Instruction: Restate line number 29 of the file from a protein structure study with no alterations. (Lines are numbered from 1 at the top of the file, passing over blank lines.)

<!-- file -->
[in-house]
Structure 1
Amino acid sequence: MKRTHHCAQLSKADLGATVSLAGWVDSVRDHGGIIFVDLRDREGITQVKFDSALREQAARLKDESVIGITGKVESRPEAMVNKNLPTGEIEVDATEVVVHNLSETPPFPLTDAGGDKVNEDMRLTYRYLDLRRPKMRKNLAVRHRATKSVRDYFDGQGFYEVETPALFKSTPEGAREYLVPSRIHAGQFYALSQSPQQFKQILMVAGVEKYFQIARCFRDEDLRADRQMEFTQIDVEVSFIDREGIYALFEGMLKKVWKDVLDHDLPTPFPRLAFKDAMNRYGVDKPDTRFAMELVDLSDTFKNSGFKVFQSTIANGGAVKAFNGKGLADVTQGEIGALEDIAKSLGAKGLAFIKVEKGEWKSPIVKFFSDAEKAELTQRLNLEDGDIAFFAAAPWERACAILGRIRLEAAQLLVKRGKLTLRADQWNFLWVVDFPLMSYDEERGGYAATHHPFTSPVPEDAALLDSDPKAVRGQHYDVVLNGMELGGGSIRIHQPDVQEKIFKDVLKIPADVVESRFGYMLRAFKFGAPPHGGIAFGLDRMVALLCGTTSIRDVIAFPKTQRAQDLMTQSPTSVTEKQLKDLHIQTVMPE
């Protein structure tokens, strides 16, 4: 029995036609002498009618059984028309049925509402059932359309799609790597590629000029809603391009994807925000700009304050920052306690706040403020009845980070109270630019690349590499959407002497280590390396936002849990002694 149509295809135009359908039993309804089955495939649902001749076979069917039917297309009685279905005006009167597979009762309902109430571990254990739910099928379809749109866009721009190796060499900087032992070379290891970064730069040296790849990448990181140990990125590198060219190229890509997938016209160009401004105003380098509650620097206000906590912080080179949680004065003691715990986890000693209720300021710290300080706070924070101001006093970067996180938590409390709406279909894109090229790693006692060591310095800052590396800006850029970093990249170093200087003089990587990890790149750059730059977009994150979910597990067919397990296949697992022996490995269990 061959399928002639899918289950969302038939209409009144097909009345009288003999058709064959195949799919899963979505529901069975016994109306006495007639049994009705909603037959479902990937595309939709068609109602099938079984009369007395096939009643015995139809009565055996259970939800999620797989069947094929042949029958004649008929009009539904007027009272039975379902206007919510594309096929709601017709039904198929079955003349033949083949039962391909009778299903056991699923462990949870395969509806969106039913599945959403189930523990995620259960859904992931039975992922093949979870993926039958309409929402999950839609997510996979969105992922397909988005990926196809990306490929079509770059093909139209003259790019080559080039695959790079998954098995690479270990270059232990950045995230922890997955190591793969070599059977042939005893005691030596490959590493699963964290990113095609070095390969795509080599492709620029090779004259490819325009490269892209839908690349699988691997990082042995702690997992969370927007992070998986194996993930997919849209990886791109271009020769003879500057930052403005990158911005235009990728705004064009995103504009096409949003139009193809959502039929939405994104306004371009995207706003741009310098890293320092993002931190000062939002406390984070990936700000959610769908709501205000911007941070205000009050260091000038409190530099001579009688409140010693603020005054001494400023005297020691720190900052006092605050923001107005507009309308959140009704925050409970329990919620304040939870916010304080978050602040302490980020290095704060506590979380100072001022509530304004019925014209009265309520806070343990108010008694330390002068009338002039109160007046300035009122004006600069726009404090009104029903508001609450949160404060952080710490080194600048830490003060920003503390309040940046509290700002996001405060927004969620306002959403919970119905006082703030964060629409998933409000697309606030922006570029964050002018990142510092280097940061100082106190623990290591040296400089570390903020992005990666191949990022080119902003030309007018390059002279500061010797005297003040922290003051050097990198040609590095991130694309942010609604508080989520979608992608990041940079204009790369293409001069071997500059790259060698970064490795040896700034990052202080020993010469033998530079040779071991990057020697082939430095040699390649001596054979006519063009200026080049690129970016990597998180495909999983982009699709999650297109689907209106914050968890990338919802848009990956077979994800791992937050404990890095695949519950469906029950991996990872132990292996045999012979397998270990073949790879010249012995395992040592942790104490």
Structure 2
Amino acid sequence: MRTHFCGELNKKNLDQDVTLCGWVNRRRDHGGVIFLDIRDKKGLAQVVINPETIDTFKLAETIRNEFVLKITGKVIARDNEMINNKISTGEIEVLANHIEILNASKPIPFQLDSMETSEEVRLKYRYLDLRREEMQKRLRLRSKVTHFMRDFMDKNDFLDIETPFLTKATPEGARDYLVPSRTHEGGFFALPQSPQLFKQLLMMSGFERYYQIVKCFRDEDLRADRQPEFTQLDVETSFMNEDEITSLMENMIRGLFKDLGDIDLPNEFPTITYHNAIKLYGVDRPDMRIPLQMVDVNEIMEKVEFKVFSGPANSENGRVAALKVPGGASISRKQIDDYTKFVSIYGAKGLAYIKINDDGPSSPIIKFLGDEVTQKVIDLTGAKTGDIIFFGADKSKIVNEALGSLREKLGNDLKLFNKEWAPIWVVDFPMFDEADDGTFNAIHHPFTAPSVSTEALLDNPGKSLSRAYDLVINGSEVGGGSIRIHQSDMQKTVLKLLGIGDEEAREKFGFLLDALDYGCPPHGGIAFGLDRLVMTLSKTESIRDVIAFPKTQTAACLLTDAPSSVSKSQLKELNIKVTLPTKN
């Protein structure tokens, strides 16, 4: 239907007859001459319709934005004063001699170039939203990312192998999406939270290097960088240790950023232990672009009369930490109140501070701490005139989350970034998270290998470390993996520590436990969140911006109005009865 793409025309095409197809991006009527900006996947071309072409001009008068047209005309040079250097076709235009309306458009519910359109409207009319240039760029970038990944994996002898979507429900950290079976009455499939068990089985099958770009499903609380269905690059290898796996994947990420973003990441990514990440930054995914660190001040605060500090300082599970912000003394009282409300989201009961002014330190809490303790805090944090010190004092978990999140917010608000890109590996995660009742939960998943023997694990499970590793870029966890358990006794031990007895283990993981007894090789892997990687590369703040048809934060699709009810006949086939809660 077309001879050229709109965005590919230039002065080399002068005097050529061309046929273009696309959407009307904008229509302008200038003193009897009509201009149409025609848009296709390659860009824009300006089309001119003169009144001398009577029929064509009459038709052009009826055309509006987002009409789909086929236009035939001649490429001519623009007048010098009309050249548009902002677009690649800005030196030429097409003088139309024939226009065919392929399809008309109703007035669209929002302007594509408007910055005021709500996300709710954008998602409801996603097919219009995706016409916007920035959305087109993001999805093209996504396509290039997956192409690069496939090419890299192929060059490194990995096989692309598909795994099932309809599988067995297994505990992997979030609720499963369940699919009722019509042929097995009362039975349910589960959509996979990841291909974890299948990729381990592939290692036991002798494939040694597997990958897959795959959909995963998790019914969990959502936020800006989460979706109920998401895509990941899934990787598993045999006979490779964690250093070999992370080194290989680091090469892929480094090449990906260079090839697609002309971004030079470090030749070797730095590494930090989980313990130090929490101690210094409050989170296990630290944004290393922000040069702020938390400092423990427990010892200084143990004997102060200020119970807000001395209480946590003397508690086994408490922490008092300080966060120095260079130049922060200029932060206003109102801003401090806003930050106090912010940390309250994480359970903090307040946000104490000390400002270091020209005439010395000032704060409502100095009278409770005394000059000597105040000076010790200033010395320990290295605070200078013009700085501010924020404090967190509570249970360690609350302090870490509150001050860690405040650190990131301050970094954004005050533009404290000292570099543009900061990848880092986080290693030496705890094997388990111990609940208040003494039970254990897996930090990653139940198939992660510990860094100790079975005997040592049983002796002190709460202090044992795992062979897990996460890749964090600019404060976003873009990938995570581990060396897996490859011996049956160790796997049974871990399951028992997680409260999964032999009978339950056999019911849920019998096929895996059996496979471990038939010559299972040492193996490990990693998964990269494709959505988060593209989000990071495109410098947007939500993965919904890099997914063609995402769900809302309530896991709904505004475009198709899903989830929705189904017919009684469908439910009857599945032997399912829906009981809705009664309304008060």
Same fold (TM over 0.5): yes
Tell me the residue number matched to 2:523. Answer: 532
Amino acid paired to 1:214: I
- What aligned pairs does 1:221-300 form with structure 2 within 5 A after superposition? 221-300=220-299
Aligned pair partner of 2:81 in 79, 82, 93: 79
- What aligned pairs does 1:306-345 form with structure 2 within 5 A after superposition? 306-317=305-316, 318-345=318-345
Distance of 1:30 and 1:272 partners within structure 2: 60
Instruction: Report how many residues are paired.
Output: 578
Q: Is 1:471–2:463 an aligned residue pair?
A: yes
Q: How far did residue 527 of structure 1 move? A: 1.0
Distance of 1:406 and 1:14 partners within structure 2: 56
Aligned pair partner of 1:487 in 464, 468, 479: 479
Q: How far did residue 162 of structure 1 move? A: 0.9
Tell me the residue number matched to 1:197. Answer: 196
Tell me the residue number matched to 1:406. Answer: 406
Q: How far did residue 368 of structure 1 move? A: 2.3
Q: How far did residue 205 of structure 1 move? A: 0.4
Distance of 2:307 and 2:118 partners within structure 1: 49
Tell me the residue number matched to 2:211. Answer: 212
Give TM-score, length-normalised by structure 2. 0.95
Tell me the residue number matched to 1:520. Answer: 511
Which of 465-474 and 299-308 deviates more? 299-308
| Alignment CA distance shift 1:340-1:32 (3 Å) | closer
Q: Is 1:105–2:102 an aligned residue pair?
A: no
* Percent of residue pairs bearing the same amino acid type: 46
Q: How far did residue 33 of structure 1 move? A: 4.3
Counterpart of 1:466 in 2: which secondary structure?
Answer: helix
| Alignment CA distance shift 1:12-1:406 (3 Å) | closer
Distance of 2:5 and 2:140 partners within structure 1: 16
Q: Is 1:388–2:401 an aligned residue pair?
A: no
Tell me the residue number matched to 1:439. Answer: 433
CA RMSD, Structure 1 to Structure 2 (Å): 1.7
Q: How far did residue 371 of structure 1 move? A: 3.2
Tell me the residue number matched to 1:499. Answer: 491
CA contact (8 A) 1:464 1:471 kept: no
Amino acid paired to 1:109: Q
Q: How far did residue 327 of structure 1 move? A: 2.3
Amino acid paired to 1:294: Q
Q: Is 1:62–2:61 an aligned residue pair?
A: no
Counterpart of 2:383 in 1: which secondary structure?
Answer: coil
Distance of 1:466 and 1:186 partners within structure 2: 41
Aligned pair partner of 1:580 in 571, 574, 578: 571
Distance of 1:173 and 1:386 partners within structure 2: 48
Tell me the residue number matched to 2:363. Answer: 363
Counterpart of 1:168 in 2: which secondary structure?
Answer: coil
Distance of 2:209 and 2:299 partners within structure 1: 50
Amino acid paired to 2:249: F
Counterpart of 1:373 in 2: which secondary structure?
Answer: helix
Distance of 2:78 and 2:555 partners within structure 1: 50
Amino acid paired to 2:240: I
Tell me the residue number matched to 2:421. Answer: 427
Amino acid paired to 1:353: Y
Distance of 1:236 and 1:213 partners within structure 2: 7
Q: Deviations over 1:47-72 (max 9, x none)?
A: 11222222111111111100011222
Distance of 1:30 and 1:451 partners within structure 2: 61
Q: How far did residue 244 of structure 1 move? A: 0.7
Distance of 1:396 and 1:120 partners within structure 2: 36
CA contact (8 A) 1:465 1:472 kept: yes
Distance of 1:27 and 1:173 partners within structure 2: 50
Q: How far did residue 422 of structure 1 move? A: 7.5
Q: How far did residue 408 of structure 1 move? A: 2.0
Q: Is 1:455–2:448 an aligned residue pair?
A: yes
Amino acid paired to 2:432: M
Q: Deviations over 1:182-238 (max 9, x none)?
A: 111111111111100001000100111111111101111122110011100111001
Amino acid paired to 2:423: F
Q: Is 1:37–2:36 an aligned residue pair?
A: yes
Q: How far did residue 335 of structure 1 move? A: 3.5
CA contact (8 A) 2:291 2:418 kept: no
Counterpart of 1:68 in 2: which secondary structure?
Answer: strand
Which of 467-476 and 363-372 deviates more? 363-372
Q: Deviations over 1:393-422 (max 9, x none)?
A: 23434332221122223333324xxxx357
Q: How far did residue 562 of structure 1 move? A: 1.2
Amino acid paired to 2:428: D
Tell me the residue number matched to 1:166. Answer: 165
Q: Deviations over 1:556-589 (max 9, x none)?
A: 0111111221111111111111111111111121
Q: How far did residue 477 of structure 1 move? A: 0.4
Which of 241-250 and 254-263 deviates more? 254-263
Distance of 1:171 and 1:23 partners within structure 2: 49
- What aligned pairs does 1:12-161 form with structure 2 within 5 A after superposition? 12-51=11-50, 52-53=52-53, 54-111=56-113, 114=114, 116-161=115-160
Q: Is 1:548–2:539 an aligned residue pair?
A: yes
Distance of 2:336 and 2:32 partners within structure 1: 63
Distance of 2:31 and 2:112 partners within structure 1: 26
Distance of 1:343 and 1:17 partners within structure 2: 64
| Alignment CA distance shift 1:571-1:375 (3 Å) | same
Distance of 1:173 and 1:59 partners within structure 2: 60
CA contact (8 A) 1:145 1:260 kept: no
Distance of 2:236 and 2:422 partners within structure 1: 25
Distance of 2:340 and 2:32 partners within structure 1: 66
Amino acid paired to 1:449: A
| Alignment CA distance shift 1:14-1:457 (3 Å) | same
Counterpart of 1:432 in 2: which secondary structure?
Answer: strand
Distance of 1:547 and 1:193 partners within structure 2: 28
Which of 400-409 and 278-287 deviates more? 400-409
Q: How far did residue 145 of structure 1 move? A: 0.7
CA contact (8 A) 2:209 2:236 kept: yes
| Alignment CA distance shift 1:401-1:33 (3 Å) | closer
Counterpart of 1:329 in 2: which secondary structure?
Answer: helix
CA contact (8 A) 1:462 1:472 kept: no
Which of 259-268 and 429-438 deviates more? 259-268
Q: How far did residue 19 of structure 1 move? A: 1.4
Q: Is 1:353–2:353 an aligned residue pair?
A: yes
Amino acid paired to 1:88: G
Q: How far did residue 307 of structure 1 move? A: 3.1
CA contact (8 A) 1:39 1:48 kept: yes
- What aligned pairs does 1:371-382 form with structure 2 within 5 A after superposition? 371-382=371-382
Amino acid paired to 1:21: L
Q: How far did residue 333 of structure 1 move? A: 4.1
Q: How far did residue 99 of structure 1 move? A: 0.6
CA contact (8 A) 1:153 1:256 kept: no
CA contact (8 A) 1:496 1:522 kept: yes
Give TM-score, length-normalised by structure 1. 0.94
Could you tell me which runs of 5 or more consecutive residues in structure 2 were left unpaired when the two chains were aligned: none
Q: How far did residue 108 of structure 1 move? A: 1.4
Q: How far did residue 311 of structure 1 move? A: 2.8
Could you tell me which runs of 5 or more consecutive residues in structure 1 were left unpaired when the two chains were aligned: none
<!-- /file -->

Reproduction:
Give TM-score, length-normalised by structure 2. 0.95